Drawing from the applicable Code provision, the IRS notice says that in 2023, the IRS will award the 10–20% low-income adder to solar and wind projects that are under 5 MW in size, that the total of these adder awards for 2023 will be for a total of 1800 MW of projects, and that of that 1800 MW total, 200 MW will be awarded to solar or wind projects on, or part of, “qualified low-income residential building projects” (like buildings benefitting from LIHTC). The IRS indicated that it plans to accept applications for solar and wind projects associated with low-income residential buildings in the third quarter of 2023, and that awards will not be given to solar or wind projects that are already in service. Another part of the notice calls for a lottery to award the additional percentage if the awards are over-subscribed.
Finally, the Notice says that more guidance is coming. Plainly, more guidance is needed. Aside from providing an application process, there are rules in the Code that need explanation before taxpayers will know how to qualify for the adder. In particular, the Tax Code provision providing the 20% adder for qualified residential low-income buildings requires that the financial benefits of the electricity produced be “allocated equitably” among the occupants of the building, a requirement that is not otherwise defined or explained.
The provision denying awards to energy projects that are already in service and the provision calling for a lottery if the awards are over-subscribed appear to encourage a developer to keep its solar or wind facility out of service awaiting the possibility of receiving an award. This may limit the utility of this add-on, depending on the particular facts.
For the Section 42 LIHTC, projects often face a year-end deadline to get the facility placed in service. This is so that costs can be included in “eligible basis” at the end of the first year of the credit period. Costs of facilities placed in service in subsequent years generally do not increase LIHTC eligible basis, meaning that they don’t qualify for low-income housing tax credits.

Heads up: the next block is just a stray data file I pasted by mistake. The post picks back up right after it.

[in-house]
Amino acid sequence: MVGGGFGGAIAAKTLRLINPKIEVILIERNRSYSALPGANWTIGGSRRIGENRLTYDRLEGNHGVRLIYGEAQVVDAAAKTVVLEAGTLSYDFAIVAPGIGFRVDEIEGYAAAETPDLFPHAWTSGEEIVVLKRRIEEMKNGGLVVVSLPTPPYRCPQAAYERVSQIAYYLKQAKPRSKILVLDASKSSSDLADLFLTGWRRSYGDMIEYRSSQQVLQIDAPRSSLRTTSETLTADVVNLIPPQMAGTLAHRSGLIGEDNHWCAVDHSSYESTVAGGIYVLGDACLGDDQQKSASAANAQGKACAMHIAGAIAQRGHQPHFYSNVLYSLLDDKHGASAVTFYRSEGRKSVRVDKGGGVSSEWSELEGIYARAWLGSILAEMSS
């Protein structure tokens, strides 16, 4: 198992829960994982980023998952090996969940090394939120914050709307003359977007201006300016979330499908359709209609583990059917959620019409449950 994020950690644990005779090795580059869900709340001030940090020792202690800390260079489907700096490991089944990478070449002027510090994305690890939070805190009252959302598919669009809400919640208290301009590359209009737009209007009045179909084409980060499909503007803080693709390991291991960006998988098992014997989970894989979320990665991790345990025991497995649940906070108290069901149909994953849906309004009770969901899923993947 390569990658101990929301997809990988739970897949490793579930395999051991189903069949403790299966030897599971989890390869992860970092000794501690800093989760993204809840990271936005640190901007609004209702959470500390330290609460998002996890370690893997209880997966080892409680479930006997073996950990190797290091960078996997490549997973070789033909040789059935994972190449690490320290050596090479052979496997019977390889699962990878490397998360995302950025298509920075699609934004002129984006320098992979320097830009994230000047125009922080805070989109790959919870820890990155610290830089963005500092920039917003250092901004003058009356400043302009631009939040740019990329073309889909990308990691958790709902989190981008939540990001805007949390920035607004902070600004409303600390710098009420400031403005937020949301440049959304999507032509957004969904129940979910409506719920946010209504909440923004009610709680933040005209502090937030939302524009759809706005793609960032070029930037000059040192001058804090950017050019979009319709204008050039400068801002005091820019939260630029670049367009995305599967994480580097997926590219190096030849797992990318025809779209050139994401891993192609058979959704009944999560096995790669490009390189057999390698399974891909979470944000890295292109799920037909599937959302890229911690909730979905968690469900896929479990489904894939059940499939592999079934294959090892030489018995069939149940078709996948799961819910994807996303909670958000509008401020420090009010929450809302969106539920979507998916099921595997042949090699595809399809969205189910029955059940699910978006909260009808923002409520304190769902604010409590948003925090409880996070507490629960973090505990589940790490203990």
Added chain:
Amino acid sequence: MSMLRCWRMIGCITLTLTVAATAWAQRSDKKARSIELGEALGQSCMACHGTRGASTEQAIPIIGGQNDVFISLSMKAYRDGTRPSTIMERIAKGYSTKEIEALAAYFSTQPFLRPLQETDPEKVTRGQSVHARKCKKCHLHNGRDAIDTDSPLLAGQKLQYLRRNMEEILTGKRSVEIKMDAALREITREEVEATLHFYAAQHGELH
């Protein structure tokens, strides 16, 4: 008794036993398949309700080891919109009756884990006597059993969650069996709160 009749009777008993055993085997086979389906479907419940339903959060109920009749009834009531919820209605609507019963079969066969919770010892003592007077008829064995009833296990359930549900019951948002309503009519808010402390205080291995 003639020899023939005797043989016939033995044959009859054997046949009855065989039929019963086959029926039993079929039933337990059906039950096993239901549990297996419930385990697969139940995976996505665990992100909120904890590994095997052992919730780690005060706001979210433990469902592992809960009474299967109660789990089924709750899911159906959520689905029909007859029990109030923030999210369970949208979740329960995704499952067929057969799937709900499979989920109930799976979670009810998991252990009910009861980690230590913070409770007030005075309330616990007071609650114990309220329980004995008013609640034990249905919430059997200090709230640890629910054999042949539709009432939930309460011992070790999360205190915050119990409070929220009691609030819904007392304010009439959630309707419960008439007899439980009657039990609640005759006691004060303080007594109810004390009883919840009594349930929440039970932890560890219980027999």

As noted above, the housing credit is worth 4% x 10 years or 9% x 10 years, i.e., 40% or 90% of the project’s cost. The cost of the solar or wind facility should be eligible for these credits, assuming that the facility meets LIHTC requirements. In general, this would require the facility to be a “common area facility” for which there is no additional charge, or electricity could be provided free to tenants. Of course, the energy project could just be used to generate and sell electricity, and not qualify for the LIHTC.
On the energy side, the project should qualify for the 30% “base” renewable energy credit, but it will have to apply for and receive an award of the 20% adder. If it wins an award, then it will get a 50% credit. The energy facility doesn’t have to qualify for the LIHTC in order to qualify for energy credits, but remember that the provision providing the 20% adder for projects on residential rental buildings requires that the financial benefits of the electricity produced must be “allocated equitably” among the occupants. As noted above, we don’t have guidance on how that requirement can be met.
Combining Section 42 and Section 48